Cushing’s Disease In Dogs: Symptoms, Causes, & Treatments

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Cushing’s disease, or hyperadrenocorticism, in dogs is a condition caused by an overactive adrenal gland that pumps too many steroids and hormones into the bloodstream. This can result from tumors or growths in the adrenal or pituitary glands, as well as exposure to corticosteroid medications.

Though it can affect dogs at many ages, it usually appears in dogs around six to seven years of age. The disease usually develops slowly and can result in a variety of symptoms.

If you see the signs of Cushing’s disease in your dog, get to a veterinarian for a proper diagnosis so they can prescribe treatment. Here’s what you should know about the symptoms, causes, and treatments for Cushing’s disease in dogs.

Symptoms Of Cushing’s Disease In Dogs

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Symptoms of Cushing’s disease in dogs can vary widely because the adrenal gland is responsible for the production of many hormones and steroids. Therefore, symptoms can appear differently in type and severity depending on which hormones or organs are affected.

For example, if glucocorticoid, a natural steroid, is affected, then muscle tissue can break down and urination can become abnormal. If the immune system is affected, there may be secondary infections, and if the pancreas is affected, dogs may have diarrhea or start vomiting.

Here are a few of the symptoms you may see in dogs with Cushing’s disease:

  • Increased thirst or urination
  • Increased appetite
  • Vomiting
  • Diarrhea
  • A pot-bellied or distended abdomen
  • Obesity
  • Hair loss
  • Thinning, discolored, scaly, or unhealthy skin
  • Calcified lumps under the skin
  • Infections of the skin, ears, urinary tract, or elsewhere
  • Easily bruised
  • Abnormal behavior
  • Seizures
  • Insomnia

Causes Of Cushing’s Disease In Dogs

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The most common cause of Cushing’s disease in dogs is benign growths on the pituitary gland.

Though it’s rare, malignant pituitary tumors may also cause the disease. These make up about 80 to 85 percent of naturally occuring Cushing’s disease cases in dogs. Tumors on the adrenal gland make up the rest and have an equal chance of being benign or malignant.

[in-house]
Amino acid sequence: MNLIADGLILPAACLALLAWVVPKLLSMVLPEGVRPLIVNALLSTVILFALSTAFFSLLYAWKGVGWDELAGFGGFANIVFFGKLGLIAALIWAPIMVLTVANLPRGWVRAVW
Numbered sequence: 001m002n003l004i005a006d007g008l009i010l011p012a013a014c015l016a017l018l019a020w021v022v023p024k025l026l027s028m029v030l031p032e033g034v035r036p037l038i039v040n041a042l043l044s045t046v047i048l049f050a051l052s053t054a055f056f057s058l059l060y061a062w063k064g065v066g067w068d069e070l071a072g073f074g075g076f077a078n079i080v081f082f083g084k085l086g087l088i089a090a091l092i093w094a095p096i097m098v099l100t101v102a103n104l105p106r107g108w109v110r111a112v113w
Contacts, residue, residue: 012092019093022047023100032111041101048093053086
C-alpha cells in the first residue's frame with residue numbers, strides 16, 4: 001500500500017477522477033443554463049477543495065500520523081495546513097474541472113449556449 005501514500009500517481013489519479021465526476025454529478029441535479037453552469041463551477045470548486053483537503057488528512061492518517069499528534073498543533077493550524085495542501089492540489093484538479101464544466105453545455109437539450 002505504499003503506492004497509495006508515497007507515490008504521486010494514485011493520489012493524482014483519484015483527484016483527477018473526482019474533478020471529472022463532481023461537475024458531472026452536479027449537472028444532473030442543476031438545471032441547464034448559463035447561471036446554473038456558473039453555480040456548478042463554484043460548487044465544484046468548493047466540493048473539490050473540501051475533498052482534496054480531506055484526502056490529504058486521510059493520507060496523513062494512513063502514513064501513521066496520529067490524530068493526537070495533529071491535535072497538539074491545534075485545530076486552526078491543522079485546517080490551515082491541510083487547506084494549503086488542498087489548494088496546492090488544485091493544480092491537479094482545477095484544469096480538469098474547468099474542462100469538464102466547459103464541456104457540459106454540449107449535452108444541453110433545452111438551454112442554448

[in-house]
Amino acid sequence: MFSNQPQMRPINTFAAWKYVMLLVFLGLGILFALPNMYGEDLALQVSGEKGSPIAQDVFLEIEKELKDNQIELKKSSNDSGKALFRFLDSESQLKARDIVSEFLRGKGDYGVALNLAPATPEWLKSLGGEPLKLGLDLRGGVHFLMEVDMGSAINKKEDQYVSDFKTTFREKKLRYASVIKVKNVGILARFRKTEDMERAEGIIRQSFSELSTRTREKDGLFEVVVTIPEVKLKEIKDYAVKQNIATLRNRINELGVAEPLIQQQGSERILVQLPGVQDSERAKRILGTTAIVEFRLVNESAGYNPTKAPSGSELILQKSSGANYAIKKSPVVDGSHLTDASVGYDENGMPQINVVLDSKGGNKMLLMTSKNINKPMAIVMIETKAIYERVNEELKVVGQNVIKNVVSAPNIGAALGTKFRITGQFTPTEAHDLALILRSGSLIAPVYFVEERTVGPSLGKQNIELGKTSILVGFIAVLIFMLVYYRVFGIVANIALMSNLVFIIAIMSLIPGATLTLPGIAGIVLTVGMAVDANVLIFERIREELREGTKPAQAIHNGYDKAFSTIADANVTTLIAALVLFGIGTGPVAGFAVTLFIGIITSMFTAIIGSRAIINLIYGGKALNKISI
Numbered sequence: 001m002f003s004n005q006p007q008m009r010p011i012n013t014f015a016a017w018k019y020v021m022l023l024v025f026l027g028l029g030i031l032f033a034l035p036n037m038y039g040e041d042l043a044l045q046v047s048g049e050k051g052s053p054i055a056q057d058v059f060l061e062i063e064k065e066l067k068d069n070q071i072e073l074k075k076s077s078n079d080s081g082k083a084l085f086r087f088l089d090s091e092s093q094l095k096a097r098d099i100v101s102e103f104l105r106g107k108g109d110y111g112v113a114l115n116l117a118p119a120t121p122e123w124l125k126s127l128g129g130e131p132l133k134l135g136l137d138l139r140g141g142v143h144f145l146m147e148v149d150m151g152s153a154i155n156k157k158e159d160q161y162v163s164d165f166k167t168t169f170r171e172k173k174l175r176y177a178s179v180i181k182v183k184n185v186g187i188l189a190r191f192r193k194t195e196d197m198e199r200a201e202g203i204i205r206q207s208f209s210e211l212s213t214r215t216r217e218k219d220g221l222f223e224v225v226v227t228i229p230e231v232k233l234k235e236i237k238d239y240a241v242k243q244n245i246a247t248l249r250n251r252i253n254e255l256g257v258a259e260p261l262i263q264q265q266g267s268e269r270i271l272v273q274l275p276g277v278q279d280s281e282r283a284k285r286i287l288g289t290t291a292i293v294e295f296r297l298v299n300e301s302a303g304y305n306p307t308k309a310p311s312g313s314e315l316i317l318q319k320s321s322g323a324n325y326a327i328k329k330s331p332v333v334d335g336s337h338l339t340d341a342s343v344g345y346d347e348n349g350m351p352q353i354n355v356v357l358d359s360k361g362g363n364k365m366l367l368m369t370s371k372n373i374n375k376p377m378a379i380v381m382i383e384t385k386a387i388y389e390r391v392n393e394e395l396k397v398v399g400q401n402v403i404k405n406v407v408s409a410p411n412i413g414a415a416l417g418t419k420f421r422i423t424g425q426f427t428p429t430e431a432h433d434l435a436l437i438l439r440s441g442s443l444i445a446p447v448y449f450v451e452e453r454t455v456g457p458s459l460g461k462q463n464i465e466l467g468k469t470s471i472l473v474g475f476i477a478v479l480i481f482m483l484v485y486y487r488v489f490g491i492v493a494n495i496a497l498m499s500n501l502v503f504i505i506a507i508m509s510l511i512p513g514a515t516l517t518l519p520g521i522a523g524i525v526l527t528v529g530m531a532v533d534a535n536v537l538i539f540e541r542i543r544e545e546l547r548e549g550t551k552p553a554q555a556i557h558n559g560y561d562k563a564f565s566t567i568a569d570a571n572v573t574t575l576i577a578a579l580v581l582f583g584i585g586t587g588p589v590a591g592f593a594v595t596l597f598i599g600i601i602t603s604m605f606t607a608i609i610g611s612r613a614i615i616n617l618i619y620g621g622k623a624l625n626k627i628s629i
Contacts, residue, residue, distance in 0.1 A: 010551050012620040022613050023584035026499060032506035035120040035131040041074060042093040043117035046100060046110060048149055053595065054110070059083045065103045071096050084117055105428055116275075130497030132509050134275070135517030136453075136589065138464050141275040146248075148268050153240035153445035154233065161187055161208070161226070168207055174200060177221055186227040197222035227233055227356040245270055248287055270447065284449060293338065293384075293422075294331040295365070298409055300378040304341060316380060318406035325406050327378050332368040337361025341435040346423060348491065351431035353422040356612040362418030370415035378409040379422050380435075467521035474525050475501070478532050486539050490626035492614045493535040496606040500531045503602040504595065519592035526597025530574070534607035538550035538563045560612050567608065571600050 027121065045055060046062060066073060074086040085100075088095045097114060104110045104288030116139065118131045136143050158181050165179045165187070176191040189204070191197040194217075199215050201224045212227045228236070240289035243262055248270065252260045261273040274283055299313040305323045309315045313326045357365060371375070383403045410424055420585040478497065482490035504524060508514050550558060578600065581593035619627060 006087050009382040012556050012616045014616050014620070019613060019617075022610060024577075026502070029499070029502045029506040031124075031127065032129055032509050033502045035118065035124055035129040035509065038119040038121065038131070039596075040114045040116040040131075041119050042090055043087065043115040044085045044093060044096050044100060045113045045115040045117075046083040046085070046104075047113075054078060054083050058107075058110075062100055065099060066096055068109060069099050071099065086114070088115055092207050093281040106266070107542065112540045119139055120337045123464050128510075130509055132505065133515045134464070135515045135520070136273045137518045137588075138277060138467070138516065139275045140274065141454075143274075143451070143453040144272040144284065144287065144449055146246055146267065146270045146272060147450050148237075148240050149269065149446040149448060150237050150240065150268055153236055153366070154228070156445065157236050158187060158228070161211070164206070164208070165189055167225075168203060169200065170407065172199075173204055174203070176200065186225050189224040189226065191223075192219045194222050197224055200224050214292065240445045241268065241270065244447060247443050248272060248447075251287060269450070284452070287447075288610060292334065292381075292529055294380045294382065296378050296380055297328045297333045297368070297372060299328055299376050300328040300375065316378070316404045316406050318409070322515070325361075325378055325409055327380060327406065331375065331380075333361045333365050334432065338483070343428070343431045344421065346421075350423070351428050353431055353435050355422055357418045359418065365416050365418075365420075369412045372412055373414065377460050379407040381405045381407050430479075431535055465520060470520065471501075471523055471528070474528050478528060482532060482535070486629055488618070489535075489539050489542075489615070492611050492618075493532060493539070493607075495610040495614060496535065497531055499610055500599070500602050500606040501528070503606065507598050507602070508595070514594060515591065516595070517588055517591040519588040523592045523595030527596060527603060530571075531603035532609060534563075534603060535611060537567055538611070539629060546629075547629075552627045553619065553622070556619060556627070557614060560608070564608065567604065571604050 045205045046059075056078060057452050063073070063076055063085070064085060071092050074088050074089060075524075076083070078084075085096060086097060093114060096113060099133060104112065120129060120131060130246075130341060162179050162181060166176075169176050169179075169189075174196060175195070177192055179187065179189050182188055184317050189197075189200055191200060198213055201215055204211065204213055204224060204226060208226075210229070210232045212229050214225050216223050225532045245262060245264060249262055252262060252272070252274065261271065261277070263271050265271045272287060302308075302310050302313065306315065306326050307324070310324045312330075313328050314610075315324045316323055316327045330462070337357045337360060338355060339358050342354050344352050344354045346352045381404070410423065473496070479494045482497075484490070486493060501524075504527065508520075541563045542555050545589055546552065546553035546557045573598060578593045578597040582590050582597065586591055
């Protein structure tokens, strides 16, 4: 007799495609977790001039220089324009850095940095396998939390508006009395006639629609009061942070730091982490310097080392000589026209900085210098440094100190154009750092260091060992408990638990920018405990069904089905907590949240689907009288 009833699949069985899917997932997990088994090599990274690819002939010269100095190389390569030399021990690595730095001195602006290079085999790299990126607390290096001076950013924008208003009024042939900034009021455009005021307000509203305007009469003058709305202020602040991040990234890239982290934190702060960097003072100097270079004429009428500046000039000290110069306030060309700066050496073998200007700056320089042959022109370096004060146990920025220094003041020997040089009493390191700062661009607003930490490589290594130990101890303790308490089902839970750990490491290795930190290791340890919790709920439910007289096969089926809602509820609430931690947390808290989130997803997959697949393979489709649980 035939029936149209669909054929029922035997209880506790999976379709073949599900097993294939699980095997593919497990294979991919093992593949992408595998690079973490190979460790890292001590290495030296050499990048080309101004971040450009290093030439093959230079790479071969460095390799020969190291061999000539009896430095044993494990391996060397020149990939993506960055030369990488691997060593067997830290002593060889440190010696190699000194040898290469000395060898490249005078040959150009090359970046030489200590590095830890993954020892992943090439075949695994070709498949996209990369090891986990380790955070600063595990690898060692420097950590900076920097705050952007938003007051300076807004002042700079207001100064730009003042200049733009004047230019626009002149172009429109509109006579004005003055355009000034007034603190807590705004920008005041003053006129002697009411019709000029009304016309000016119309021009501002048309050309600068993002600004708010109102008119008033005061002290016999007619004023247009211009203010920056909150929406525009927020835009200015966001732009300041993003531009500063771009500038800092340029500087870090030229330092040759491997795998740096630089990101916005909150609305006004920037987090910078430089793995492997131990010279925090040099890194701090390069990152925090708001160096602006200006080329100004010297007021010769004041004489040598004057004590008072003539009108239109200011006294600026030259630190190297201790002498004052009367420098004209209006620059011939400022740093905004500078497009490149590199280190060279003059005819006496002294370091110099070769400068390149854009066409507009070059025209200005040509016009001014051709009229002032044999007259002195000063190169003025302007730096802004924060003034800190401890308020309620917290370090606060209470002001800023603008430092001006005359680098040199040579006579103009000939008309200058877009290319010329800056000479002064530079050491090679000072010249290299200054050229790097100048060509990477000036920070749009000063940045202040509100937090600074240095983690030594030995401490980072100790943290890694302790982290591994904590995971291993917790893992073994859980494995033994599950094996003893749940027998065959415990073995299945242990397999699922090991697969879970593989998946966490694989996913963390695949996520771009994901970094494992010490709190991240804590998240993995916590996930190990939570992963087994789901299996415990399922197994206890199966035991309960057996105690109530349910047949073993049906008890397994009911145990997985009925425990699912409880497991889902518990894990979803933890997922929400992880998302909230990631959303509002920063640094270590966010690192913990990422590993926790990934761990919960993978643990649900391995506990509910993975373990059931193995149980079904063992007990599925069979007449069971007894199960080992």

Cushing’s disease may also occur non-naturally when a dog suffers overexposure to corticosteroid medications commonly prescribed for allergies, immune disorders, cancers, inflammation, or to correct hormonal imbalances from conditions such as Addison’s disease.

Treatment For Cushing’s Disease In Dogs

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Cushing’s disease in dogs can be treated medically and surgically, depending on the severity of the symptoms and the dog’s general health.

The medical option is a prescription medicine to slow down production in the adrenal gland, while the surgical option removes the growth that stimulates the hormone overproduction.

However, vets treat most dogs medically because the surgery carries significant risks, and vets should only use it when medical treatment proves ineffective.

The disease is hard to diagnose in dogs since there is no one test that will identify it. Vets generally perform several blood and urine tests over a period of time, and then compare the results to normal levels. If they suspect Cushing’s, an x-ray and/or ultrasonography can help reveal the presence or absence of a tumor.

Prognosis For Dogs With Cushing’s Disease

While Cushing’s disease itself is rarely life threatening to dogs, the side effect of a weakened immune system can make dogs more vulnerable to other diseases, as well as causing fatigue and exercise intolerance. Furthermore, in some rare cases, there are no symptoms at all.

The biggest issue with Cushing’s is its impact on your dog’s quality of life. If it’s adversely affected, you should certainly consult with your vet about the best way to return your dog to a healthy, comfortable life.

Does your dog suffer from Cushing’s disease? How do you treat them? Let us know in the comments below!